Browse all of our Sydney Grace Cream Shadow swatches.

Campfire

Sydney Grace Campfire Cream Shadow ($8.00 for 0.33 oz.) is a medium-dark, taupe-brown with subtle, warm golden undertones and a sparkling, metallic sheen. It had opaque pigmentation in a single layer, and the barest amount of product was needed to achieve that, so I’d recommend putting the product onto the back of your hand or onto a mixing palette and then picking up product. The texture was lightweight with a comfortable dry down that didn’t emphasize lid texture or get into my fine lines. I was able to soften and diffuse the edges against powder eyeshadows as well as next to another cream eyeshadow. It stayed on nicely for over 10 hours without fading or creasing on me.

Formula Overview

$8.00/0.33 oz. – $24.24 Per Ounce

The formula is supposed to “dry down to a smudge proof finish” that isn’t waterproof but “will last all day on the lids.” The brand recommends working “one eye at a time” as the formula “dr[ies] fairly quickly.” It is a very pigmented formula where the merest dab of product–like as little as one can physically squeeze out of the tube–is enough for most of the mobile lid.

If you’re someone who tends to use their cream eyeshadows as sheer washes of color, I think this formula is “too” pigmented and dries too quickly to make sheer application as effortless as you’d want. If you love the effect of and finish of creamier, metallic eyeshadows and want true, full coverage application, these are worth looking into. I recommend squeezing out the smallest amount of product on the back of your hand or onto a mixing palette, and then using fingertips or a flat, synthetic brush to apply to the lid. I prefer a brush as it gives more working time than when I used my fingertips.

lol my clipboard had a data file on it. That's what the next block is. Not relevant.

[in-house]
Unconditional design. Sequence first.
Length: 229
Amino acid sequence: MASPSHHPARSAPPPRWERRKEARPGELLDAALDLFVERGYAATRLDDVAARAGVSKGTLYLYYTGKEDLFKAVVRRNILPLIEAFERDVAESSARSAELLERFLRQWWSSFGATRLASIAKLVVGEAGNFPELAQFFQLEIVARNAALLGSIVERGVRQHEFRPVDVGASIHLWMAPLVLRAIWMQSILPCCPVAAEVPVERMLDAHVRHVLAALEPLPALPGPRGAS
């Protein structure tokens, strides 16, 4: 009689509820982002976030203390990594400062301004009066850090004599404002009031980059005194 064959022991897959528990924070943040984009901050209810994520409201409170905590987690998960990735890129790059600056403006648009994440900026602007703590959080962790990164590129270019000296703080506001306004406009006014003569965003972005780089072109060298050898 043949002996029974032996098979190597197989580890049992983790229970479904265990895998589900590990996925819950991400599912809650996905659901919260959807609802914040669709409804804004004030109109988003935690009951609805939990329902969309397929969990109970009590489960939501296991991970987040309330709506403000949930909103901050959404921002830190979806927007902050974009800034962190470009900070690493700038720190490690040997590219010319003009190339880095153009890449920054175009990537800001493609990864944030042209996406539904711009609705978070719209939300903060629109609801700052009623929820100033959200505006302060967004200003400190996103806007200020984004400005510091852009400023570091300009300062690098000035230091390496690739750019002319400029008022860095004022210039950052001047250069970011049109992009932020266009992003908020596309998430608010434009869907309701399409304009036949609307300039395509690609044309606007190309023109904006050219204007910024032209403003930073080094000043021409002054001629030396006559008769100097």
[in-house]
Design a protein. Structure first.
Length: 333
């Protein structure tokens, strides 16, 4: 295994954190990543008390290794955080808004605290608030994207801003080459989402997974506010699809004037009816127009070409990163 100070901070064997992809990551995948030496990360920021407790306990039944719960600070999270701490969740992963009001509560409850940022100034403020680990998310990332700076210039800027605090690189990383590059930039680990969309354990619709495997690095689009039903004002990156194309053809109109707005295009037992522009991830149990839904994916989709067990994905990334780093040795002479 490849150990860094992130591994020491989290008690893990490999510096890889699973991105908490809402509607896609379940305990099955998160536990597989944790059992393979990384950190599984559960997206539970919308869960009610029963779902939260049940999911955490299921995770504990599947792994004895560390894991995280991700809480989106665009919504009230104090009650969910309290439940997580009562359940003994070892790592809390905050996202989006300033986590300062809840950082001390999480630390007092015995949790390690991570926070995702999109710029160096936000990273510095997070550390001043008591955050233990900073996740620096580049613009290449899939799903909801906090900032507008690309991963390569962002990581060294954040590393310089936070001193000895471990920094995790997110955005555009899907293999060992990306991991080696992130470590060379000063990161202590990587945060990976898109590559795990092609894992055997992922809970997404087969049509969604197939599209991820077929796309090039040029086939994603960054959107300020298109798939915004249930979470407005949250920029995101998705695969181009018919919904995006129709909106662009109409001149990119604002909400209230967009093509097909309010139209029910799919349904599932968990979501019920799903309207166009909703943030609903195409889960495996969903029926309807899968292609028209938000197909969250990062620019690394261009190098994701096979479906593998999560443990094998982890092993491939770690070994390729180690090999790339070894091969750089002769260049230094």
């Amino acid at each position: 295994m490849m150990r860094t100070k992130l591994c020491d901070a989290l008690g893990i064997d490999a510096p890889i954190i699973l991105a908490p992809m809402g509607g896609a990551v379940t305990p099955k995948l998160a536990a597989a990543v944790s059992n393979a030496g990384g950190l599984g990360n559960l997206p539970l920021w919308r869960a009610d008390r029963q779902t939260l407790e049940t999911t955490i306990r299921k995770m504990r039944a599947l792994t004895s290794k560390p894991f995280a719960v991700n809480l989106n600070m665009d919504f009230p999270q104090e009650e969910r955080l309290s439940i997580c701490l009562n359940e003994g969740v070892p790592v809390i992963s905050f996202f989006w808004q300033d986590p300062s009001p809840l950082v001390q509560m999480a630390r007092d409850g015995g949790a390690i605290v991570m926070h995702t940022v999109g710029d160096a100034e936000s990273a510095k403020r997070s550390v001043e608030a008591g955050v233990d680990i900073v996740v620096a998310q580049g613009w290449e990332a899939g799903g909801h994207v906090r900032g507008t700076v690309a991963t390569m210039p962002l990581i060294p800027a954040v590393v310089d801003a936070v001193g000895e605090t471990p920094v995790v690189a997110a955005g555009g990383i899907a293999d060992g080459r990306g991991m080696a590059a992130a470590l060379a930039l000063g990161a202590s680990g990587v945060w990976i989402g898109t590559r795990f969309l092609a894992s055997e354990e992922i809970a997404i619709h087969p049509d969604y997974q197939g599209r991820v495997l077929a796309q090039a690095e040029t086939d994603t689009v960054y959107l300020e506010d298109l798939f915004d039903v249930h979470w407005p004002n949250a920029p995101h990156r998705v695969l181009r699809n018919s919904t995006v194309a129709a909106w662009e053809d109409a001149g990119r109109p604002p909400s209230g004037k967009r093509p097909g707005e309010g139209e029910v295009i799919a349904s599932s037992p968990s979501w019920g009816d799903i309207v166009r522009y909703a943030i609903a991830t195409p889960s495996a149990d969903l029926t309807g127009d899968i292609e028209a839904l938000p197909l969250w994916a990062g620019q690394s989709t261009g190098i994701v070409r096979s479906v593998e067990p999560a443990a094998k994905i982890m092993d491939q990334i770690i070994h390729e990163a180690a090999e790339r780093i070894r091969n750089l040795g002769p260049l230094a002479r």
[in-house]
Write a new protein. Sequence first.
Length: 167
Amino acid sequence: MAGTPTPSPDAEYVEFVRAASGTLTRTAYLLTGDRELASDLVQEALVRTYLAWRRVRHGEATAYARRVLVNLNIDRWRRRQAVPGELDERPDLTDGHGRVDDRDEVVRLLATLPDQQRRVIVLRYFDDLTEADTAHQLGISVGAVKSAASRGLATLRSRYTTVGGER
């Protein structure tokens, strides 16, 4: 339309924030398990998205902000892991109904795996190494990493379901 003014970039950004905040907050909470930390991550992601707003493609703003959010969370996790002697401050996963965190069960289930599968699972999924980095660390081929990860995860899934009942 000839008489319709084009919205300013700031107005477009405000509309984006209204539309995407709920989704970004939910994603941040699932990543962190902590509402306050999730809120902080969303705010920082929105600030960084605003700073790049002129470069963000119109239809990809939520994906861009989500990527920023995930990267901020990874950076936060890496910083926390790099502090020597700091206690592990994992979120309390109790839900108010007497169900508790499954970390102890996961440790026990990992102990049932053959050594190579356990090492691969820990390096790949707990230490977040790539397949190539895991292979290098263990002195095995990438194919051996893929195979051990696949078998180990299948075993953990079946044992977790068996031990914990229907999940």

The texture was smooth, like a liquid-cream hybrid as it wasn’t runny but it was more spreadable than a cream eyeshadow you’d find in a jar. The majority of shades applied evenly to bare skin with little effort, and the edges remained blendable enough (even as it was mostly dried down) to soften and fuse with other shades. They’re very lightweight and the majority of them sat well on my lids without emphasizing lines or texture (sometimes an issue with liquid/cream, more metallic products).

It didn’t have that dry down that felt so set and locked in that if you kept trying to blend it out (after it was dry) you’d get flaking; these never flaked or lifted. Based on past experiences–in general with cream eyeshadows–I recommend working with your powder eyeshadows first (unless you’re using it as a base), and then going in with the cream eyeshadows and going back over any areas to further blend if necessary. That being said, I was able to layer powder eyeshadow over them without them lifting or becoming patchy. They’re some of the easiest cream eyeshadows I’ve worked with to incorporate into multi-shade looks. The wear varied from eight to ten hours on me before there was slight fading or a bit of creasing.

My only complaint is that with a six-month shelf life paired with so much color payoff… one tube is so much product. These could be sold half-sized tubes and still stretch for many, many uses. I really enjoy the squeeze-tube packaging along with the smaller opening, as it made it much easier to control than some other liquid/cream products.